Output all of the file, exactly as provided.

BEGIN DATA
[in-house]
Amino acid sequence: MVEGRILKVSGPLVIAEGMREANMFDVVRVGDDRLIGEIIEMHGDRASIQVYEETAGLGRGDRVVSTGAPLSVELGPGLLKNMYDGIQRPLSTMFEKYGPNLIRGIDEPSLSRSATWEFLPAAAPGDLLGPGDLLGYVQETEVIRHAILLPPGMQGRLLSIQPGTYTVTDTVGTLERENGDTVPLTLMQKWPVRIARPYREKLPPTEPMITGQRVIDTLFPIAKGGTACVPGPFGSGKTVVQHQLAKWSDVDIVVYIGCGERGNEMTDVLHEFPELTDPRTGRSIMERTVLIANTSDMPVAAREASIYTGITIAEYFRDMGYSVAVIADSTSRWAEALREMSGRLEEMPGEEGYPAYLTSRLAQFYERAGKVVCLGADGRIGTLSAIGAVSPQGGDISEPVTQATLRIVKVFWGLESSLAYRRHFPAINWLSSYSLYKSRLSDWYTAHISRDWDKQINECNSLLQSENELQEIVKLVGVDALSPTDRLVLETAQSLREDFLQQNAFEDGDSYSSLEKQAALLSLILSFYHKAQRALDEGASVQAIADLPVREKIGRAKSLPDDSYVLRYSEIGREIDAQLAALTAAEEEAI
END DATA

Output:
[in-house]
Amino acid sequence: MVEGRILKVSGPLVIAEGMREANMFDVVRVGDDRLIGEIIEMHGDRASIQVYEETAGLGRGDRVVSTGAPLSVELGPGLLKNMYDGIQRPLSTMFEKYGPNLIRGIDEPSLSRSATWEFLPAAAPGDLLGPGDLLGYVQETEVIRHAILLPPGMQGRLLSIQPGTYTVTDTVGTLERENGDTVPLTLMQKWPVRIARPYREKLPPTEPMITGQRVIDTLFPIAKGGTACVPGPFGSGKTVVQHQLAKWSDVDIVVYIGCGERGNEMTDVLHEFPELTDPRTGRSIMERTVLIANTSDMPVAAREASIYTGITIAEYFRDMGYSVAVIADSTSRWAEALREMSGRLEEMPGEEGYPAYLTSRLAQFYERAGKVVCLGADGRIGTLSAIGAVSPQGGDISEPVTQATLRIVKVFWGLESSLAYRRHFPAINWLSSYSLYKSRLSDWYTAHISRDWDKQINECNSLLQSENELQEIVKLVGVDALSPTDRLVLETAQSLREDFLQQNAFEDGDSYSSLEKQAALLSLILSFYHKAQRALDEGASVQAIADLPVREKIGRAKSLPDDSYVLRYSEIGREIDAQLAALTAAEEEAI